I'm looking forward to learning from and with each of you!

What's Cooking at the Farm

This is really just an introduction to future posts.

My name is Lisa and I am a farmer and cheese maker in a perfectly lovely family of two. While I love to cook, most days I have neither the time nor energy to make anything elaborate at the end of the day. I am the queen of meals from the pantry/freezer in 25 minutes or less.

I am a vegetarian with very limited exceptions for animals I have raised.

I almost never measure anything unless I am cooking from a recipe, so when I post recipes I will try my best to estimate ingredient quantities, but make no promises about accuracy.

Nearly once a week I totally cheat on dinner and heat up one of my favorite instant Indian foods. If I am feeling less than exhausted, I at least try to doctor up an interesting pot of rice. Last night I added garam masala and shallots. I guess it worked.

I am also big on photographing my food. Here is a typical summer meal at Blue Heron Farm: Garlic bread topped with homemade feta, garden tomatoes and basil. Like a french bread pizza only WAY better.

Monday, September 14, 2009

mandi's kitchen

oh man- brandi totally busted me because i posted my meal plan for the week on my main blog! eeks! this 2 blog thing is going to take some getting used to. especially since i talk so much about food over on herban homestead. so, a brief look into our kitchen would reveal this: i spend a lot of time on food. i grind my own grain, buy local veggies, meat and milk, and eat whole foods. unless i'm at el charro t or a friend's house. then i bloom where i'm planted : ). bottom line is, we eat from scratch around here. i like the adventure of cooking this way- it works for us!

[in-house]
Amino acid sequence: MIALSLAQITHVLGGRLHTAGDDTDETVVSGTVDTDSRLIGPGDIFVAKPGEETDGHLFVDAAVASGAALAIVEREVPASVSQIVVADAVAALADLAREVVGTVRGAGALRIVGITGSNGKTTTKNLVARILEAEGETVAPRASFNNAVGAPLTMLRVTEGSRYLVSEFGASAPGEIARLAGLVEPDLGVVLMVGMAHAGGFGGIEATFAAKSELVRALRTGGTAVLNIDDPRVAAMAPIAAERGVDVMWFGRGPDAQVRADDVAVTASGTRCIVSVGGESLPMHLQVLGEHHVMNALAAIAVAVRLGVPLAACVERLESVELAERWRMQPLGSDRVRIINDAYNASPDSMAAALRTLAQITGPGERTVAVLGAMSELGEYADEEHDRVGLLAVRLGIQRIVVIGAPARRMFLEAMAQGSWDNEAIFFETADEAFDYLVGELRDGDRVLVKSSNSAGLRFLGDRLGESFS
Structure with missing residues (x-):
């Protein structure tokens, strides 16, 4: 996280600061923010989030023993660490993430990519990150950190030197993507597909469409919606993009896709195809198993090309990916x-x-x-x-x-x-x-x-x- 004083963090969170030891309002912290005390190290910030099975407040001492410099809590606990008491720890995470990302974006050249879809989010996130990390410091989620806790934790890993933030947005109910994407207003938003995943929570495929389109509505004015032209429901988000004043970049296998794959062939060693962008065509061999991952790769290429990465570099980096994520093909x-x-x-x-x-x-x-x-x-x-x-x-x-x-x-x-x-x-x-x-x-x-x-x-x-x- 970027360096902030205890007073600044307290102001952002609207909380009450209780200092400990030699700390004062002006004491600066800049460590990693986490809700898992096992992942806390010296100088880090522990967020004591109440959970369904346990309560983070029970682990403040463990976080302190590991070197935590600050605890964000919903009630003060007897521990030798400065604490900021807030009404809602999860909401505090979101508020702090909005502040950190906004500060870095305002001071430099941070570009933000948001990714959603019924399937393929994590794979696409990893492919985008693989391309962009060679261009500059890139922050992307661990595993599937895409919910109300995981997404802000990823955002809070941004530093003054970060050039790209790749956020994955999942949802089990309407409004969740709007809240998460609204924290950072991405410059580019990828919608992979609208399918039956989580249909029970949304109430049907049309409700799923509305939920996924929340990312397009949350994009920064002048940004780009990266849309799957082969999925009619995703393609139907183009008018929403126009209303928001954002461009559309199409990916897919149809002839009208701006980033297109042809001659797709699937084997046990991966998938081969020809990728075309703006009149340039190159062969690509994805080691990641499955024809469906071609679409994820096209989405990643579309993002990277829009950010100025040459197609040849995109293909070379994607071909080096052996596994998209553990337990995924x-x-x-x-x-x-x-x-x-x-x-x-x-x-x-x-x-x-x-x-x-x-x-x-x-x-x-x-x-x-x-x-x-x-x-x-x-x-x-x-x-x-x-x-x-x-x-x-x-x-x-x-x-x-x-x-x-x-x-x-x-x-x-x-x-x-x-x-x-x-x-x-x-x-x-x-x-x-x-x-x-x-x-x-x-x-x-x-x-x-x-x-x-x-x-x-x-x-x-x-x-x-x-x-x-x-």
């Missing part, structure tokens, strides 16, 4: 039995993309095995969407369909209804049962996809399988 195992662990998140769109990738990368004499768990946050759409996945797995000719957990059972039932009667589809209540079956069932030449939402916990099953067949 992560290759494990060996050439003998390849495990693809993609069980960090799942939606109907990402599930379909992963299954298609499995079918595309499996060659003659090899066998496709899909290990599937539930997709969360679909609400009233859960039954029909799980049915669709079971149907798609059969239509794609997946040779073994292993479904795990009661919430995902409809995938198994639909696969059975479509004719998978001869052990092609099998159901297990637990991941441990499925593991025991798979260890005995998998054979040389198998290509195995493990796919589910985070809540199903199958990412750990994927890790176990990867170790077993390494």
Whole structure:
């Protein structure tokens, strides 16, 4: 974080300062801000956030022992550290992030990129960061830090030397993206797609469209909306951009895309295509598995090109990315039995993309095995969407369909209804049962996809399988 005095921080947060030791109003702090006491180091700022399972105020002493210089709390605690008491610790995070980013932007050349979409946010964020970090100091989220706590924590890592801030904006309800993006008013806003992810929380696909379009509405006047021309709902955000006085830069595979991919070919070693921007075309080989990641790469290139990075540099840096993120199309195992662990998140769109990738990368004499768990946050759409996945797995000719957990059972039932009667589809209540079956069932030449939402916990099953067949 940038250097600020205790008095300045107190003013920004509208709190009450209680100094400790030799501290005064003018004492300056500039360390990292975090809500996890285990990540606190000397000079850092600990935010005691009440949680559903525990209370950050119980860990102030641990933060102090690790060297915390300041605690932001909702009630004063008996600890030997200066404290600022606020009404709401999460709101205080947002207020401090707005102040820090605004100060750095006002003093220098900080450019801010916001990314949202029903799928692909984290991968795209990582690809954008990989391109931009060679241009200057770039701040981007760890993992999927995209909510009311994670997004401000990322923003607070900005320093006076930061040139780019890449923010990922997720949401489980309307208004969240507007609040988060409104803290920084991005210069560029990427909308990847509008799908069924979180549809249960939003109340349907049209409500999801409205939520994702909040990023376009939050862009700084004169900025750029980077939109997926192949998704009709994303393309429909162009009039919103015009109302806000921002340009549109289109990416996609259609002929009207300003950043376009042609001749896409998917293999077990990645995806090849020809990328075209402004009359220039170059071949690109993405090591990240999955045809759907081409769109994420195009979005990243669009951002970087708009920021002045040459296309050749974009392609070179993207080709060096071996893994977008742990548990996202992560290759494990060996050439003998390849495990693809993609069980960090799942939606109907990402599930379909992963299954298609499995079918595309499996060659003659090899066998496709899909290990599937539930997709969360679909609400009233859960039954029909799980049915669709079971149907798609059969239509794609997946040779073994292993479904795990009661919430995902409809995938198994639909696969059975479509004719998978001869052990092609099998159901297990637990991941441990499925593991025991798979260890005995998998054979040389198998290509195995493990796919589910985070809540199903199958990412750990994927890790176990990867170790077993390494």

i usually plan 6 days of meals. because we eat out maybe once for lunch and once for dinner around here. so 6 days covers us pretty well. i plan so i can use the same ingredients over and over. you kinda have to do that when eating seasonally.
this week we are only in town through thurs., so my meals are planned through thurs. breakfast:

b- pancakes
l- leftover split pea soup
d- veggie lasagna and salad
(soak oats for breakfast)

b- oatmeal w/ walnuts and raisins
l- veg stir-fry w/ brown rice
d- salmon w/ pesto & noodles and salad
(begin starter for bread)

b- eggs
l- picnic at the park
d- pizza night!

hit the road- maybe muffins for the road???

i am not a slave to the schedule, but this is the rough idea for this week. breakfast is usually a variable- for instance, i always have 25 pounds of oats and wheat on hand, so pancakes or waffles or oatmeal are always a possibility! yay for having a general store in my utility room!

this is pretty fun! i promise to do better in the future, brandi! : )

Hi, from Steph's Kitchen

I am so excited about this blog! When Brandi sent out the email about it, I was literally sitting on my couch wondering what in the world I was going to fix for dinner this week. I have lots of staple recipes that are an easy go-to, but frankly I'm feeling bored with them. SO this was perfect timing. Just what I need to bring a little inspiration back into my kitchen.

For a little background on how I run my kitchen, I do try to plan out my meals for the week. This helps me buy just what I need when I go grocery shopping and it helps me resist the urge to